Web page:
Addressing a Loved One's Wrongful Death After an Instance of Hazing
There are instances in which a group's efforts to humiliate or otherwise endanger a fellow student may result in more than that student's physical harm. There have been cases brought against institutions like Bowling Green University and Pi Kappa Alpha Corporation in the past specifically addressing instances wherein alleged hazing resulted in the untimely death of pressured students.
It can feel impossible to react to the death of a student, particularly one that allegedly took place at the hands of their fellow students. However, both Louisiana and Texas allow a deceased party's representatives to take legal action on the deceased's behalf. Texas only allows statutory beneficiaries to take this kind of legal action, meaning that only the deceased's parents, spouse, or children may take their case to civil court.
Louisiana's wrongful death policies allow the same parties to act on behalf of a deceased party in civil court. However, if the deceased does not have living parents to act on their behalf, the family's right to civil action may fall to the deceased's siblings. The deceased's grandparents may only take legal action on the deceased's behalf if there are no parents nor siblings to spearhead the deceased's case — or if the deceased's siblings are minors. Parties interested in taking legal action after a wrongful death tied to academic hazing may consult a wrongful death attorney for guidance.
What To Expect After Filing a Hazing Claim
Regardless of which state an injured party files their hazing complaint in, said parties must have their complaints assessed by an applicable county clerk before their cases can move forward. If a county clerk decides to approve an injured party's pursuit of hazing compensation, the injured party can summon an allegedly-liable party to either settlement negotiations or a civil trial.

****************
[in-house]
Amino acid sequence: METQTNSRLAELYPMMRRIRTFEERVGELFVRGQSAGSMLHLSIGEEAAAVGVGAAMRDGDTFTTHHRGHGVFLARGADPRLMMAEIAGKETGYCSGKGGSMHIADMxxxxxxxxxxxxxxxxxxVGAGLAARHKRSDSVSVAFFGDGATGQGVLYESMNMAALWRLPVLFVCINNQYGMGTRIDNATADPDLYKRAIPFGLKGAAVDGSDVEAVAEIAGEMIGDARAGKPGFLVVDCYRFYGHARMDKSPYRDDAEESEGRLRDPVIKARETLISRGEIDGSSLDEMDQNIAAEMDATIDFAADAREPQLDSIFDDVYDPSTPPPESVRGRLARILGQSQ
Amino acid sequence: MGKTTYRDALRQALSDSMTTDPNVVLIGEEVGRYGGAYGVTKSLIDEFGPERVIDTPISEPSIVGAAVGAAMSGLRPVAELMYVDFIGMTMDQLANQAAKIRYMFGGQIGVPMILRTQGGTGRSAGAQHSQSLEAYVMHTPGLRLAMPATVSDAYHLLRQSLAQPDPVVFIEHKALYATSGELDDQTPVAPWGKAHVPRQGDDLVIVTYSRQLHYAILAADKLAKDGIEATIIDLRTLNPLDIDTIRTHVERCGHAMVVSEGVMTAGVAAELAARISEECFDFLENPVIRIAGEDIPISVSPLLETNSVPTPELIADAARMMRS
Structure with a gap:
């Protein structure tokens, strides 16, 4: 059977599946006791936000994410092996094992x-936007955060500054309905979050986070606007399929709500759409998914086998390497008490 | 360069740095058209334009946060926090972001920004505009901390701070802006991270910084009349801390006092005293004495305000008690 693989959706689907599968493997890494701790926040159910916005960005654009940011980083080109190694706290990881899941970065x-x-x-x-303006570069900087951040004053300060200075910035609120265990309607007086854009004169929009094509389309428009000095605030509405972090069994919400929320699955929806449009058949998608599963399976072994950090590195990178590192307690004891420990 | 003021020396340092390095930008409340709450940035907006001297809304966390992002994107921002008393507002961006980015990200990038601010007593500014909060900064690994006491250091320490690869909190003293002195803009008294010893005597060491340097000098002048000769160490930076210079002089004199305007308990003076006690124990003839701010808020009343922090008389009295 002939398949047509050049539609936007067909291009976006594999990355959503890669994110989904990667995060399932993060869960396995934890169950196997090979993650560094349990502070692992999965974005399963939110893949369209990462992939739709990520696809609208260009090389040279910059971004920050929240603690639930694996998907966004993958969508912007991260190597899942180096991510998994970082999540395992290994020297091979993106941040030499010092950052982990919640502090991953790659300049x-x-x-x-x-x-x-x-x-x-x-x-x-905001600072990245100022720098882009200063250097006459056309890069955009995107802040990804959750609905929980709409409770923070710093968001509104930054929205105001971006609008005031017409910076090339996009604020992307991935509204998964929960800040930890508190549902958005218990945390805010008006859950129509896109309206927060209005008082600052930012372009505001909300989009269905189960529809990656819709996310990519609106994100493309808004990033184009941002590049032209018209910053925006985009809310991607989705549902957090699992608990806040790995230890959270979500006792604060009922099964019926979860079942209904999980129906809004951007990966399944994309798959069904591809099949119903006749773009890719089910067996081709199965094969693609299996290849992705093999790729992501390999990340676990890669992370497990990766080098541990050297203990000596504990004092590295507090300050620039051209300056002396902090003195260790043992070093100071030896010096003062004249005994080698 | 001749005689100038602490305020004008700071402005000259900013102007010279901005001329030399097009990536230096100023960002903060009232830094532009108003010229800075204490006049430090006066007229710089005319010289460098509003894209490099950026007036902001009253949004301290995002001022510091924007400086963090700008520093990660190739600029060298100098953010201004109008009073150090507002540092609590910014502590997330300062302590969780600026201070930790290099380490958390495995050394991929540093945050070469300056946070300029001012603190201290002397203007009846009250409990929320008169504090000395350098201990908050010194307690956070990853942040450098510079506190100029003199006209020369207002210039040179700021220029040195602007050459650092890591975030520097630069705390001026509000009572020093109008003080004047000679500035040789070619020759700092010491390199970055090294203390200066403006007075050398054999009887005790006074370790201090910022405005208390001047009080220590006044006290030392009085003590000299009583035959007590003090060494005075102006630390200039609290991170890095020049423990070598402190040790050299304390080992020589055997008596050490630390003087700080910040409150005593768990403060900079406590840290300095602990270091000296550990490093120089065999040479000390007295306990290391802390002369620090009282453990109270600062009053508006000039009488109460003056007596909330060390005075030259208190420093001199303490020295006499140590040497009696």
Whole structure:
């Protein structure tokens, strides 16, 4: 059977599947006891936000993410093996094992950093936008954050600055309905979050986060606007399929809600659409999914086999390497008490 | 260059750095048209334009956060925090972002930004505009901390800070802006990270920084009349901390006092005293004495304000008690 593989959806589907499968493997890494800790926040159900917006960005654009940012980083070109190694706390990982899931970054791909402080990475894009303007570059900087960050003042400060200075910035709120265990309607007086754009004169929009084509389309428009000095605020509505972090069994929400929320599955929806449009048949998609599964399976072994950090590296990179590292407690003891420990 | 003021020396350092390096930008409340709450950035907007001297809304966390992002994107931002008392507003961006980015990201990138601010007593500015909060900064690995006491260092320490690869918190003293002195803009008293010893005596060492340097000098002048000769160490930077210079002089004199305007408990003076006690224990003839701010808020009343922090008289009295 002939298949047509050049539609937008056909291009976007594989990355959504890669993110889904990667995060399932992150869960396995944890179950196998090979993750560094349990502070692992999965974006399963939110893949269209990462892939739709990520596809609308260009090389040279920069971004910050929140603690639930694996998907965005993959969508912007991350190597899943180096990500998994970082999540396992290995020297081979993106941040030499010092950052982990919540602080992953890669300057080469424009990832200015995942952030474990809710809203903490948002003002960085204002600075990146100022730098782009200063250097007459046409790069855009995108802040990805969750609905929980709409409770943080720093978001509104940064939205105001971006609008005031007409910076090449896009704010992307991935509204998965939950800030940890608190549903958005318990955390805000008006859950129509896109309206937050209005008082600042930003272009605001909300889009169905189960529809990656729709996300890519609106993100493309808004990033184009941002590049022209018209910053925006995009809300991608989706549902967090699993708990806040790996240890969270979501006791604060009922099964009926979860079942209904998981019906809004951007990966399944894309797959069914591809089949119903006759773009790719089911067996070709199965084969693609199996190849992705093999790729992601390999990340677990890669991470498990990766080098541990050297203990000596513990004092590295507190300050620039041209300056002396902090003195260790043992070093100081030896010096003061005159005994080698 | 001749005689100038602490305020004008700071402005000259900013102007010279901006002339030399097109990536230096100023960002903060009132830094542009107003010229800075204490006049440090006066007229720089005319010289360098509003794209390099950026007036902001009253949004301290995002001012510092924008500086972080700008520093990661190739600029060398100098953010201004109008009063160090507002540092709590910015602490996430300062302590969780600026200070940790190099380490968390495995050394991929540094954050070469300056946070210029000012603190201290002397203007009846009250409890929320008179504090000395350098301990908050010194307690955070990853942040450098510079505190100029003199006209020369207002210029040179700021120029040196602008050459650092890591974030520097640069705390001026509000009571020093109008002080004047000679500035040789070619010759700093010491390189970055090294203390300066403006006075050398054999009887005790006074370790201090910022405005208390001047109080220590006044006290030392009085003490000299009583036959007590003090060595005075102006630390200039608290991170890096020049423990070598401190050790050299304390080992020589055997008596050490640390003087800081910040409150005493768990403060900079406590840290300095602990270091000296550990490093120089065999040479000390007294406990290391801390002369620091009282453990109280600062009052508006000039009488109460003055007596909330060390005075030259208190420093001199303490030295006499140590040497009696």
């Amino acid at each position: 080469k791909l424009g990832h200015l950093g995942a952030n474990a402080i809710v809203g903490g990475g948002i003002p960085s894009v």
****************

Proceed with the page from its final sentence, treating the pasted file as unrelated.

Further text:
Post-hazing settlement negotiations allow injured students and their representatives to meet with allegedly-liable parties outside of the courtroom. Throughout the negotiating process, applicable attorneys can discuss the extent of an injured student's losses and their desired damages. The defense, in turn, can consider the prosecution's complaint and argue against certain alleged losses without going before a judge. This process tends to resolve more quickly than a civil hazing trial, but it makes the injured party more directly responsible for the settlement they have the chance to receive after their experience.
A civil hazing trial, comparatively, puts control over a person's right to compensation in the hands of a civil jury. An injured party's opportunity to benefit from post-hazing compensation hinges on a personal injury attorney's ability to present evidence of hazing and its related injuries to that jury while the court is in session. This process tends to be a lengthy one, but certain circumstances may see an attending judge award a hazing victim punitive damages, or additional financial support to compensation for any gross indecencies or unreasonable treatment they suffered from at the hands of an offending defendant.
Students and Their Families Don't Have To Let Unlawful Hazing Go Unchallenged
Students can endure personal injuries or even lose their lives as a result of their peers' inappropriate behavior. While universities throughout Louisiana and Texas have taken steps to ban hazing from their campuses, parents and injured students may still find themselves in the position to take action against parties who disregard anti-hazing statutes. Specifically, injured parties and/or their representatives can collaborate with Morris & Dewett Injury Lawyers to take a liable individual or institution to civil court on hazing charges.
Anyone who's suffered losses due to inappropriate hazing may request damages equal to or even exceeding the value of those losses. Loved ones forced to endure the untimely passing of someone they care about due to inappropriate hazing practices may even receive applicable damages on the deceased's behalf. For more information on what rights injured parties have in the wake of an alleged hazing, interested parties can contact a personal injury lawyer and schedule a civil case consultation. Together, injured parties and their attorney can estimate the value of a civil hazing complaint.